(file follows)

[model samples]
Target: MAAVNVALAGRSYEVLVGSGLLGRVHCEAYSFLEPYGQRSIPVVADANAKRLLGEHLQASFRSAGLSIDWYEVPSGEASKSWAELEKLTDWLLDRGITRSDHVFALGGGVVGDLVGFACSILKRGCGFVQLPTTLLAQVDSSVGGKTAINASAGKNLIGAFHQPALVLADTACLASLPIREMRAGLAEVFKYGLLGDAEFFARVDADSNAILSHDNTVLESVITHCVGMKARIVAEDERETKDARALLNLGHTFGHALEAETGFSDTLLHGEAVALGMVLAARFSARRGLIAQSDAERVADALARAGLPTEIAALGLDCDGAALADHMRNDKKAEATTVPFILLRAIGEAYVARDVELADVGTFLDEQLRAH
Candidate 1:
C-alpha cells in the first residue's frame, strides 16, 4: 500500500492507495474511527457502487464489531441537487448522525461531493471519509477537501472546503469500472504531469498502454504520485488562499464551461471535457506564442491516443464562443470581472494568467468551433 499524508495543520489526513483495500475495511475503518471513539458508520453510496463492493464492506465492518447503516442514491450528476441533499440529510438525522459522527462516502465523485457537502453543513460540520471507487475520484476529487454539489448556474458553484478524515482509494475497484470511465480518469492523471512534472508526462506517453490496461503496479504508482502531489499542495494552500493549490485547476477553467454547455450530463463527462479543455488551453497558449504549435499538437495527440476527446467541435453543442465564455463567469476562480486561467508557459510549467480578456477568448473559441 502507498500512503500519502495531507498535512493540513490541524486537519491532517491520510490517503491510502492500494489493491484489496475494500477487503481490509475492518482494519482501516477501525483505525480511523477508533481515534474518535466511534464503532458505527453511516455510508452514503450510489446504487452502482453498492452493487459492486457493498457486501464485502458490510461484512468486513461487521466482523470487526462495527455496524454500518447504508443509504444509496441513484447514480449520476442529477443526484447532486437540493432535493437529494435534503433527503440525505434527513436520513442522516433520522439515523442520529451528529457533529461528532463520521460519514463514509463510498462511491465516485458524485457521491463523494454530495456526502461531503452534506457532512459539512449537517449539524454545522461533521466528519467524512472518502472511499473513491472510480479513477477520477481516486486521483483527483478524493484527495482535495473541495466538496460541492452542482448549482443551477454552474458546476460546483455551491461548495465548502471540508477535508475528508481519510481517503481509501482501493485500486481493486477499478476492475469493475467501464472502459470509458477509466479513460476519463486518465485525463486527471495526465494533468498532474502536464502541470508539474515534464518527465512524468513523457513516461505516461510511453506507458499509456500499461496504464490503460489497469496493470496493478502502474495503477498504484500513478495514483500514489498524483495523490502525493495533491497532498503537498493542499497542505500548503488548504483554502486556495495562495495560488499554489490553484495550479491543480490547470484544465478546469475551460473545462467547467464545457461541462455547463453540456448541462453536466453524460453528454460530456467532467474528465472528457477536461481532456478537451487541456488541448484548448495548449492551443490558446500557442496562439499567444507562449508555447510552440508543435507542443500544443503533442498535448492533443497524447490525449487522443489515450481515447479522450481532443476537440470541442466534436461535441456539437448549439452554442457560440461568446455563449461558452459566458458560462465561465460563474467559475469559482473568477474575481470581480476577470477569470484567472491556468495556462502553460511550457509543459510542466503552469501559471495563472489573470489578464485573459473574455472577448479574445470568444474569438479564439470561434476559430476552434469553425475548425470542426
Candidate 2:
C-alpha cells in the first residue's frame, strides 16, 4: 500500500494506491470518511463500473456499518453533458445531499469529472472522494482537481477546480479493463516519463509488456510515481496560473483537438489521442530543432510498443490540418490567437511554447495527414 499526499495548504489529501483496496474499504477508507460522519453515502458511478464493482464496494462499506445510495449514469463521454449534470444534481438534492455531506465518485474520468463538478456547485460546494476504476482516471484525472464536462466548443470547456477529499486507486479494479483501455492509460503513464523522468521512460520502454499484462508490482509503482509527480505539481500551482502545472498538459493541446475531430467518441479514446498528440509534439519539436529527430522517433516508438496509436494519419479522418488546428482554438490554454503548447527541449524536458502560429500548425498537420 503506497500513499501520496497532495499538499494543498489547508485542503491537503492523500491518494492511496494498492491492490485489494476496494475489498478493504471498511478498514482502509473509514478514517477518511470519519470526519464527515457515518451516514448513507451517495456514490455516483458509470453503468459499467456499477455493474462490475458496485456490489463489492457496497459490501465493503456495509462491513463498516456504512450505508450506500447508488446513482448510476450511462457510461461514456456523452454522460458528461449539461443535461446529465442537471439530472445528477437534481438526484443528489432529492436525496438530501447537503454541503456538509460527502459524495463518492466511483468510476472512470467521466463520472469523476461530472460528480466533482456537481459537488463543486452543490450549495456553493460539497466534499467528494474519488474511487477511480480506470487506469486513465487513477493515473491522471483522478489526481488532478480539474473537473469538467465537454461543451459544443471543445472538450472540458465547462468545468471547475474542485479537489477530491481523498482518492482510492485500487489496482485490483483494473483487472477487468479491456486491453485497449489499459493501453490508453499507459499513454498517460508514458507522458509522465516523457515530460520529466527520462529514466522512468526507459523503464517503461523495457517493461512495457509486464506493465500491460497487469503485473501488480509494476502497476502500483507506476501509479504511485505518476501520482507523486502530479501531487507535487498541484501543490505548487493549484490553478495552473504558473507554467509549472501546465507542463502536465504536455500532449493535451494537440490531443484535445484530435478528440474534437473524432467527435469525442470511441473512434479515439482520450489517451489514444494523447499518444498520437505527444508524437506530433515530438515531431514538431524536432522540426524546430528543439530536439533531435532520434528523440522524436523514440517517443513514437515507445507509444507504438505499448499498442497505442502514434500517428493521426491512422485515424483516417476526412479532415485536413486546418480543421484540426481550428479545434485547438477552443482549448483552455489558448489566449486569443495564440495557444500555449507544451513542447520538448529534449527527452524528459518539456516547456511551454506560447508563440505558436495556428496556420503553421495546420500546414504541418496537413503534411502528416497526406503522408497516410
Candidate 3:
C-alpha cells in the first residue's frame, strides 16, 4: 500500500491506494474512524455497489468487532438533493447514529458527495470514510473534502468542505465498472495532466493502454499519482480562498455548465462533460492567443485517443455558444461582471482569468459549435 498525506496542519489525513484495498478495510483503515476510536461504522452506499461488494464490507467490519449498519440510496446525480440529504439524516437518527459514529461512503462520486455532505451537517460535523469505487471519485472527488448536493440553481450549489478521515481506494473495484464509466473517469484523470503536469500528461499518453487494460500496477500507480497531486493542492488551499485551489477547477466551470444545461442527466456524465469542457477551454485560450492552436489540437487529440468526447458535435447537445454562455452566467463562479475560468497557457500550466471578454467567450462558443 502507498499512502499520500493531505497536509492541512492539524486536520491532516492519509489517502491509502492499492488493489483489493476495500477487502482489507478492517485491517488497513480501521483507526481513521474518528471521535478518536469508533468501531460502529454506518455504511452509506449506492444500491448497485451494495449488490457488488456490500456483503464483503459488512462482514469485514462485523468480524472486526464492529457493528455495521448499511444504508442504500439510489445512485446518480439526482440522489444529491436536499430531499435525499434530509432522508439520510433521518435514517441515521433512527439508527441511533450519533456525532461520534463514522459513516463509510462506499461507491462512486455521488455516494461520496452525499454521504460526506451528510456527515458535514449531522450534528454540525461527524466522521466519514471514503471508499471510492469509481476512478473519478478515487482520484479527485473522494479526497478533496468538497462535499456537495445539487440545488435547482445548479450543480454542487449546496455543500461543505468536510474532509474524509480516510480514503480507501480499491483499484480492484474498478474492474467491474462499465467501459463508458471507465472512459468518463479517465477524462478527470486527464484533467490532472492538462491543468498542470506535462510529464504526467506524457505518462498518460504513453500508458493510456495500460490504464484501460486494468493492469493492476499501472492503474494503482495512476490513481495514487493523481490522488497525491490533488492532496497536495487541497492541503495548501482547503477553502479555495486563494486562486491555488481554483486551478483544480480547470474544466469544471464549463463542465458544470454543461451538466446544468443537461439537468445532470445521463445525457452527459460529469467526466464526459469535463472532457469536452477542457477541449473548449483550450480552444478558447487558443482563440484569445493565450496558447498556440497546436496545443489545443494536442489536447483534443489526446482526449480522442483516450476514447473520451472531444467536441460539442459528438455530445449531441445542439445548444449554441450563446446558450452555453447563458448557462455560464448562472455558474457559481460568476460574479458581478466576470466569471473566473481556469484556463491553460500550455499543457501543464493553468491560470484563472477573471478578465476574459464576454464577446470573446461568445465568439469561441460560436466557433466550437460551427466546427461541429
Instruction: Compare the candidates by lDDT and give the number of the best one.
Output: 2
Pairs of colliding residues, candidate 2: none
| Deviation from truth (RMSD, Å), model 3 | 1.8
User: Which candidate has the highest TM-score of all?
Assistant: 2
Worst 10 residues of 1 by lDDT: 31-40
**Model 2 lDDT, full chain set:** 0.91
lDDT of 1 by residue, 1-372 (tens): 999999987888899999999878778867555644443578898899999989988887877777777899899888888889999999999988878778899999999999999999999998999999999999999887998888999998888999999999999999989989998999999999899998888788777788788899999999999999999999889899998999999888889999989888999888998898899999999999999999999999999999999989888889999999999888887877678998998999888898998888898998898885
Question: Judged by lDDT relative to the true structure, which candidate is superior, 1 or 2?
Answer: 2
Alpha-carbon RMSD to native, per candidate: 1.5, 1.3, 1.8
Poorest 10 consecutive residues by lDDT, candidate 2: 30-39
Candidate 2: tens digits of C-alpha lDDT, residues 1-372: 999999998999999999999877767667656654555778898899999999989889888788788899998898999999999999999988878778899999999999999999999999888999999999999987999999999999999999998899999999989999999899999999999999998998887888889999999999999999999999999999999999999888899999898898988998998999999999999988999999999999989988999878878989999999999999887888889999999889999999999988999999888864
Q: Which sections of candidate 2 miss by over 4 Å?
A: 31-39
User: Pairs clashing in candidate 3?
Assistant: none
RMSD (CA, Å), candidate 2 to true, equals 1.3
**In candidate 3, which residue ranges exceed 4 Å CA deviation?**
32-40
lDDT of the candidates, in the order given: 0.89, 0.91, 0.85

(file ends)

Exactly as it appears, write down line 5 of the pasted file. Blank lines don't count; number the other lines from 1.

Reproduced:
Candidate 2: